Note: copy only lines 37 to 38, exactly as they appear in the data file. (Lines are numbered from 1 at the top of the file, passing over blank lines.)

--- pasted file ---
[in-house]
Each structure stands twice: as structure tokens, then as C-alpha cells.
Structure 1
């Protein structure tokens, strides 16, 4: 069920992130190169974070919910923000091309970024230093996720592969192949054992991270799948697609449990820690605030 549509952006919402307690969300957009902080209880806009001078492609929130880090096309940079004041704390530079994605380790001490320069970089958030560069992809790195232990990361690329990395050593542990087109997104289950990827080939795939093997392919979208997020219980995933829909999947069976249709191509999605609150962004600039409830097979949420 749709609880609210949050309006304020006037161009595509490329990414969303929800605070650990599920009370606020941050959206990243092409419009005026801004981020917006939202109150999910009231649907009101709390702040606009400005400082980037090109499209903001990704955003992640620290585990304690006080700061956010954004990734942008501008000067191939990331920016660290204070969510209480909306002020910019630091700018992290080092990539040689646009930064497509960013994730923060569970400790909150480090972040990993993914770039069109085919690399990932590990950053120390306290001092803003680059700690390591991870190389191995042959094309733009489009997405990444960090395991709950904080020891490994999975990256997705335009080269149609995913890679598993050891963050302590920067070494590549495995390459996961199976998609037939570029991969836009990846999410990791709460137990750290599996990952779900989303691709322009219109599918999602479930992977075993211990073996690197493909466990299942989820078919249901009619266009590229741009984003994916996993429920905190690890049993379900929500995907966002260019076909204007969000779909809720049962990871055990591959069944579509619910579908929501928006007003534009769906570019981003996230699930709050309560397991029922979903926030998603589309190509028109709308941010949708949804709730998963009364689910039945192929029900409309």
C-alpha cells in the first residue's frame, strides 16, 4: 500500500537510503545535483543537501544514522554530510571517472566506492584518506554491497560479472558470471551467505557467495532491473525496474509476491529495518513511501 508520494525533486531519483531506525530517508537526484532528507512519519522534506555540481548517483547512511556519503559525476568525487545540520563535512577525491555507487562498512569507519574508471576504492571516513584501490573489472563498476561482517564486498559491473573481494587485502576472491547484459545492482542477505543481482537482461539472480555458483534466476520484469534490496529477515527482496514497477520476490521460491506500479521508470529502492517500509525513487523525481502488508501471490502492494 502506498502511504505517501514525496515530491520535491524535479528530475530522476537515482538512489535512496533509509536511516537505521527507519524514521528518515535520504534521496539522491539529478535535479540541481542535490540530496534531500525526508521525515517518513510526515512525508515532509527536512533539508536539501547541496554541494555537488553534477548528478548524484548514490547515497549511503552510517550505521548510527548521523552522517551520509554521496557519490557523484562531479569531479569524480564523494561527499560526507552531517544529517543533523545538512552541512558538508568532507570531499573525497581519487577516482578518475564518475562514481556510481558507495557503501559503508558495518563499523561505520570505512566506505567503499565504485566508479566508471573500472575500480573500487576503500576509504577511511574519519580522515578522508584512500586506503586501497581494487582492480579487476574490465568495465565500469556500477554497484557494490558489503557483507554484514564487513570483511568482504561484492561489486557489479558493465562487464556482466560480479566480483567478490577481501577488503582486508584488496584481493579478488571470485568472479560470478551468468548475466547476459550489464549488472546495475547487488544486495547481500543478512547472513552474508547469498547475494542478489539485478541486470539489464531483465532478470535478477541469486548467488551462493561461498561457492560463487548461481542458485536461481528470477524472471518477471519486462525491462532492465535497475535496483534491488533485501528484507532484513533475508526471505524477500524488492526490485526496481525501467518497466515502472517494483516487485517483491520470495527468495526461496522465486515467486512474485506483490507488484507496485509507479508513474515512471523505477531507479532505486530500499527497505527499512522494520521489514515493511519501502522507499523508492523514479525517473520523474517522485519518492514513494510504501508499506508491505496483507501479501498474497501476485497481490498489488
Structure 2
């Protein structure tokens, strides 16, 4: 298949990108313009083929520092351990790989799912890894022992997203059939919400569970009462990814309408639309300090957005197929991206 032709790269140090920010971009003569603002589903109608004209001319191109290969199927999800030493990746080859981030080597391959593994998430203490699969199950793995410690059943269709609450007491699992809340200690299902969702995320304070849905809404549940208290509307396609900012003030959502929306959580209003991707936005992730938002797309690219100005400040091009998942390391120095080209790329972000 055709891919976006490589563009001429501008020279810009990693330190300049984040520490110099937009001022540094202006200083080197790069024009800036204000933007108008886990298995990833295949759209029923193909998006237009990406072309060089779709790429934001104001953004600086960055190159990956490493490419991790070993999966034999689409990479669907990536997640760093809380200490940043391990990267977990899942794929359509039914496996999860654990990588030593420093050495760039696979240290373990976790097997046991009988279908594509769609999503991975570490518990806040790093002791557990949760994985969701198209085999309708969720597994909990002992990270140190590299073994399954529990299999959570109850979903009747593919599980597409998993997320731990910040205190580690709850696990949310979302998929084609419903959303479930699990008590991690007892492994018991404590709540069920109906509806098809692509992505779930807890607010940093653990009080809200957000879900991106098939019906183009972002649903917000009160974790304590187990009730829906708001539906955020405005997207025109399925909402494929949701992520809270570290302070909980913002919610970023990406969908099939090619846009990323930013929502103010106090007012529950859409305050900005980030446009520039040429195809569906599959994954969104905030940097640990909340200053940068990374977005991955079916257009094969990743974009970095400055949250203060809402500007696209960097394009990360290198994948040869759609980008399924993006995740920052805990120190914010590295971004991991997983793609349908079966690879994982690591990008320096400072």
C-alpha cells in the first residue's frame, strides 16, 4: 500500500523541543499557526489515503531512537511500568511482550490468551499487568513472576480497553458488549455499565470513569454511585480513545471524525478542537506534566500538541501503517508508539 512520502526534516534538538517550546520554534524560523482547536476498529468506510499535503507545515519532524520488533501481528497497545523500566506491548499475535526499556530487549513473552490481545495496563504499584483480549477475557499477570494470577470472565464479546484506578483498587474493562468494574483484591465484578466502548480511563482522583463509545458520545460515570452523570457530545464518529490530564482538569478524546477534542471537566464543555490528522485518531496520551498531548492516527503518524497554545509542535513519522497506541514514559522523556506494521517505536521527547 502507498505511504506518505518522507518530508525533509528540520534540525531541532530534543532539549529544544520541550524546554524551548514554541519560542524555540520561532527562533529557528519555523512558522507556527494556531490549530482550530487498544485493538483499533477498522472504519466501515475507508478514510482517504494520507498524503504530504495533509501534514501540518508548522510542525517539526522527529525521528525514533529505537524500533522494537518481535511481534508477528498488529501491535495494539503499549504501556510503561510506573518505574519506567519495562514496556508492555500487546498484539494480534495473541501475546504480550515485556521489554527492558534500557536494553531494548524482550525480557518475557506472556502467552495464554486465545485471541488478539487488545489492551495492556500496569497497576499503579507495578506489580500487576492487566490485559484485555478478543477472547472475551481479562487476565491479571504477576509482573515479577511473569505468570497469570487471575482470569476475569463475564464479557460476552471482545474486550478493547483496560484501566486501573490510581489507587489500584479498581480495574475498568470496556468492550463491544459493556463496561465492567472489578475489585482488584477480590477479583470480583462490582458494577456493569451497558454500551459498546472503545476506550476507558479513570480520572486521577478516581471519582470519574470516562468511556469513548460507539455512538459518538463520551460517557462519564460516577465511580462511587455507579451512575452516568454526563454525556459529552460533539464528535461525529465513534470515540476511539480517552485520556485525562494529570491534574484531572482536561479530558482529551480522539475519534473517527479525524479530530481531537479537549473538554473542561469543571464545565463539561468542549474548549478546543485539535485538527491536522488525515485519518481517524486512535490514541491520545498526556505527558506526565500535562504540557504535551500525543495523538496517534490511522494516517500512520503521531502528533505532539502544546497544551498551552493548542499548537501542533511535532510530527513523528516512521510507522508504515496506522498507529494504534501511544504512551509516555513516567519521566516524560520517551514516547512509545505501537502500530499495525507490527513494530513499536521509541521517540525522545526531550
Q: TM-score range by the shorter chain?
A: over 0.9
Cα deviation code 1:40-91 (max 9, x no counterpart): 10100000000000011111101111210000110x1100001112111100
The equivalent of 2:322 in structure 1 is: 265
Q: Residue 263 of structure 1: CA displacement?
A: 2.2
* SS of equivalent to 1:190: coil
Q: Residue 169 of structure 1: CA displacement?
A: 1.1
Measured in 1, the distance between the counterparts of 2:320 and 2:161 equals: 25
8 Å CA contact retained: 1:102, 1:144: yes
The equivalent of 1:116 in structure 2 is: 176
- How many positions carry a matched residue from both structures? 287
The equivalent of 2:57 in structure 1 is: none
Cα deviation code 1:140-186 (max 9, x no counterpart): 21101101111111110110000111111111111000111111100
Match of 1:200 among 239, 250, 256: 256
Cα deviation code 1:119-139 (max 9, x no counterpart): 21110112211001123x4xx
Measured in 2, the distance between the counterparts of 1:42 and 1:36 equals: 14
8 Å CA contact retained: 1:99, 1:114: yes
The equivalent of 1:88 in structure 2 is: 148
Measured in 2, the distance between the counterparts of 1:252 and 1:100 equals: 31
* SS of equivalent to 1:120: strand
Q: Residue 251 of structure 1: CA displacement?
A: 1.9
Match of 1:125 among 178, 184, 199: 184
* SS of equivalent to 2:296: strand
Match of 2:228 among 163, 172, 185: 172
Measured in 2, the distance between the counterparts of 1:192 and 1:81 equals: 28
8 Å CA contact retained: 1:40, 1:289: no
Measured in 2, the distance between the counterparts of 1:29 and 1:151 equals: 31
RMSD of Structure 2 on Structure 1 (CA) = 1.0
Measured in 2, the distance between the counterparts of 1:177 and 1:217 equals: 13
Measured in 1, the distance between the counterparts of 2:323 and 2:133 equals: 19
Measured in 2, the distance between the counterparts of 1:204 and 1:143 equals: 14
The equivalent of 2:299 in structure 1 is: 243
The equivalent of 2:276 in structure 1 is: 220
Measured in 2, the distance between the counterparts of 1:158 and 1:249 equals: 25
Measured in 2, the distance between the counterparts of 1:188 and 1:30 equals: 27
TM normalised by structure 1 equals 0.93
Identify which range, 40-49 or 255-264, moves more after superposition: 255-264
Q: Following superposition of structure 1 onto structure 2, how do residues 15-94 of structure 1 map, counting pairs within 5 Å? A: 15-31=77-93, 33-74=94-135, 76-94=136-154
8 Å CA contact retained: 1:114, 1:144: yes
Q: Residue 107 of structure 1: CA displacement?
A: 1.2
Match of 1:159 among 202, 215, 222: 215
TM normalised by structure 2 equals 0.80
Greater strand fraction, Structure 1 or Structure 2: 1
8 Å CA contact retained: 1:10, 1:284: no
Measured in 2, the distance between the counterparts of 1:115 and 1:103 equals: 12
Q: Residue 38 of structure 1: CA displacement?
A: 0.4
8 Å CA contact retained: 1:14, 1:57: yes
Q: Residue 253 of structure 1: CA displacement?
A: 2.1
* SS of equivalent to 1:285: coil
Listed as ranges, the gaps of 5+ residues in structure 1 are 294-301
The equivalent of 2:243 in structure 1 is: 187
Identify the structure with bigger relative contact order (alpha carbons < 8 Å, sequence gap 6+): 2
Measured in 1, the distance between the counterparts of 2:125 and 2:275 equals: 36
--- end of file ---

8 Å CA contact retained: 1:40, 1:289: no
Measured in 2, the distance between the counterparts of 1:29 and 1:151 equals: 31